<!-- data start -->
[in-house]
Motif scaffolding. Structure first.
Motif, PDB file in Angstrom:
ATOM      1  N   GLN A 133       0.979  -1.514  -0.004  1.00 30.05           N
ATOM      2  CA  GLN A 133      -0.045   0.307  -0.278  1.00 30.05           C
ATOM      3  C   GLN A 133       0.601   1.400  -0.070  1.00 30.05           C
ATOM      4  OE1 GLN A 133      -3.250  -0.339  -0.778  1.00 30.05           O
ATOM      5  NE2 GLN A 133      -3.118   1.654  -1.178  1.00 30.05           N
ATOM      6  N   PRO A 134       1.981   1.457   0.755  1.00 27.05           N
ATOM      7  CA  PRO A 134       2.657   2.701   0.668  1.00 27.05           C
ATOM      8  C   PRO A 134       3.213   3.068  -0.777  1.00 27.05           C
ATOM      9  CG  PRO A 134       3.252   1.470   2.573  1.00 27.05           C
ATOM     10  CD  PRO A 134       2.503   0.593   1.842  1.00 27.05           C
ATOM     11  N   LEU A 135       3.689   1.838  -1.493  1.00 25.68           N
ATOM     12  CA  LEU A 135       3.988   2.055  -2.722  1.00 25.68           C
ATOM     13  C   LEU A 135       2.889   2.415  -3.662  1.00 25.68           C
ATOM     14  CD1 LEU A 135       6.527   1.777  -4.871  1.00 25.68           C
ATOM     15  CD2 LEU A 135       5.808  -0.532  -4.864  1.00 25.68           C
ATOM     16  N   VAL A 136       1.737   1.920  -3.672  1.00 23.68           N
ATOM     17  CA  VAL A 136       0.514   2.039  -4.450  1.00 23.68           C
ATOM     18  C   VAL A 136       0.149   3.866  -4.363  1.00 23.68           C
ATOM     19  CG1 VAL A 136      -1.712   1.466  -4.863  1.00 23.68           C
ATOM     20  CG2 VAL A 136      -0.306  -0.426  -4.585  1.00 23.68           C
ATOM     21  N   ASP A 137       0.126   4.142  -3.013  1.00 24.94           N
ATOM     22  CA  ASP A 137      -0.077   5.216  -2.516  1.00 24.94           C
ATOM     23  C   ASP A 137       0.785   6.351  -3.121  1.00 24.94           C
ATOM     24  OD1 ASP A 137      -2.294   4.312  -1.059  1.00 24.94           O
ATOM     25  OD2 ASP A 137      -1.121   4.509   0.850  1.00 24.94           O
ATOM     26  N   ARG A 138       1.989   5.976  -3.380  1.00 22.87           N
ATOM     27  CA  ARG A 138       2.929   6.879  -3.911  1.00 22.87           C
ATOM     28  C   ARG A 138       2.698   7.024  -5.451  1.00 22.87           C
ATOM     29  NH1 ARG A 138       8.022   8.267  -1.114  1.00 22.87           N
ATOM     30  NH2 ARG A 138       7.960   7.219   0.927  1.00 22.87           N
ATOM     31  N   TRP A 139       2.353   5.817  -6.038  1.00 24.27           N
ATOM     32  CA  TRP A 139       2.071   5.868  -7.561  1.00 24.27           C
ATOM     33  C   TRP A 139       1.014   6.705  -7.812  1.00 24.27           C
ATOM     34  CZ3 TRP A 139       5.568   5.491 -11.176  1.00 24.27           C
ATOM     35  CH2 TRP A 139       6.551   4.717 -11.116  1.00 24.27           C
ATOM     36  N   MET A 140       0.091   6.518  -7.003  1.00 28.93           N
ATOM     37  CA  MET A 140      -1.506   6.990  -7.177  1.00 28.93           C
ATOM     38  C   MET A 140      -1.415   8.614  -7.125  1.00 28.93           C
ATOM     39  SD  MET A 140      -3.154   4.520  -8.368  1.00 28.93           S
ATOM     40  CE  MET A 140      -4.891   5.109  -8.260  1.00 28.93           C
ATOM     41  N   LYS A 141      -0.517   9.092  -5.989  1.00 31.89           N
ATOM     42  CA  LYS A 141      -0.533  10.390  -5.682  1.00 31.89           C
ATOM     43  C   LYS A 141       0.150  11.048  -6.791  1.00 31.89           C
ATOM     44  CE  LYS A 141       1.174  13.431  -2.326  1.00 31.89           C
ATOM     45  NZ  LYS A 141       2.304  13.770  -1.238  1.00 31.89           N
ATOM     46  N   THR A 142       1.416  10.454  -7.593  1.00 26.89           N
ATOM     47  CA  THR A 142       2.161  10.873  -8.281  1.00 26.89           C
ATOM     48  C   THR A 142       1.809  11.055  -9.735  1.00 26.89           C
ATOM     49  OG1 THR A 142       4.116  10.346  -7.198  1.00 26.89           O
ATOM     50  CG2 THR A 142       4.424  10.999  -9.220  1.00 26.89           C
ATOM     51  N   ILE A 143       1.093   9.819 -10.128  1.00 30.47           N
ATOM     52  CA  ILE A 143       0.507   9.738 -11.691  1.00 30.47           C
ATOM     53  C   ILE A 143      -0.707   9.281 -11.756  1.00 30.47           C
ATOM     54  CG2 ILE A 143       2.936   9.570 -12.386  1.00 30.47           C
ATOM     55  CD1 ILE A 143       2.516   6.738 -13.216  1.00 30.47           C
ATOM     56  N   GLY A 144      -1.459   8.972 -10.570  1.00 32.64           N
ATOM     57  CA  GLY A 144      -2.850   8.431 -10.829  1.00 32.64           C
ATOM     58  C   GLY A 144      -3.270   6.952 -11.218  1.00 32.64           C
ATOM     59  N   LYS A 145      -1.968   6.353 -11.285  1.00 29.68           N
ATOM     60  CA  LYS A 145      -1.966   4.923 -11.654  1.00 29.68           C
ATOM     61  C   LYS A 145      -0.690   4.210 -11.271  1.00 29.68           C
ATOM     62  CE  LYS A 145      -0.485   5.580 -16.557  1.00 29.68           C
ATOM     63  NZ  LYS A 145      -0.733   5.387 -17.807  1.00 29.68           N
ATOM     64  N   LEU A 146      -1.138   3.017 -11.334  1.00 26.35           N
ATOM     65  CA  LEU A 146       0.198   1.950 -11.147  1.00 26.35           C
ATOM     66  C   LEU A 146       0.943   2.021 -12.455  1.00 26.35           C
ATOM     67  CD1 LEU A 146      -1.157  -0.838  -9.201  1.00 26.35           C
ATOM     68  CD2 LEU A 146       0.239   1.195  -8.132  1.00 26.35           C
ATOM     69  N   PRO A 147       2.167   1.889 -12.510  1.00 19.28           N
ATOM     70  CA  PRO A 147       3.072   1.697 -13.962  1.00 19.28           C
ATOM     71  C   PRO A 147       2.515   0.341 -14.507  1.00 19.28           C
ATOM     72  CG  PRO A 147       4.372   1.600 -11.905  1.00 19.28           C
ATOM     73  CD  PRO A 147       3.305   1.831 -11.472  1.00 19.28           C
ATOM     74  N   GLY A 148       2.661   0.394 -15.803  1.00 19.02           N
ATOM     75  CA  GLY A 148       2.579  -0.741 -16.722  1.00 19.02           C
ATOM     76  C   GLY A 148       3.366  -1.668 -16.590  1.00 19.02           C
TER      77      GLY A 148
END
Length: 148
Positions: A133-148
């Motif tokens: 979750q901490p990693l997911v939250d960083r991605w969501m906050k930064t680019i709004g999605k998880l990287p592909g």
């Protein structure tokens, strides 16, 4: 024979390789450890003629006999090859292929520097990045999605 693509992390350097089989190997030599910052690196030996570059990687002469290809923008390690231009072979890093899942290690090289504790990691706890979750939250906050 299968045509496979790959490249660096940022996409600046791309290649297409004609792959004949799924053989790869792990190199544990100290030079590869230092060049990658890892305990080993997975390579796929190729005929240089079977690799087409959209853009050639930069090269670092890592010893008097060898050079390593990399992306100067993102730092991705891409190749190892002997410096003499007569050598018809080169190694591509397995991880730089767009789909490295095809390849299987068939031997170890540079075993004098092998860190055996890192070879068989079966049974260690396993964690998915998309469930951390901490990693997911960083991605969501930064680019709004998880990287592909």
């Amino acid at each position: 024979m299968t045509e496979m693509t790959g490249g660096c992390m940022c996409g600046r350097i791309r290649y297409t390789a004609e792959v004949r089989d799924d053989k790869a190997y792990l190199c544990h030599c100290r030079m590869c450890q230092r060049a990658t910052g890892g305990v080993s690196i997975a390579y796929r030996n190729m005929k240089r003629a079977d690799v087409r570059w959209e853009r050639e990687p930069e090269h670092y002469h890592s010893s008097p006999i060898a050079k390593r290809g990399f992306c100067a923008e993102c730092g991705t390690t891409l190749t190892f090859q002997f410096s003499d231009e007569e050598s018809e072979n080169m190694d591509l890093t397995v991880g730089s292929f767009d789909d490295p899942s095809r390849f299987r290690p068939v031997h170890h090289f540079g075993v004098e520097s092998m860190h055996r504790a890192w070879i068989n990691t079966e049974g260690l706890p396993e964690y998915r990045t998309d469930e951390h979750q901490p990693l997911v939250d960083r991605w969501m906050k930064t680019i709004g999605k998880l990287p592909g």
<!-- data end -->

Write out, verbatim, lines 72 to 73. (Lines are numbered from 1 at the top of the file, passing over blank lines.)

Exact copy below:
ATOM     69  N   PRO A 147       2.167   1.889 -12.510  1.00 19.28           N
ATOM     70  CA  PRO A 147       3.072   1.697 -13.962  1.00 19.28           C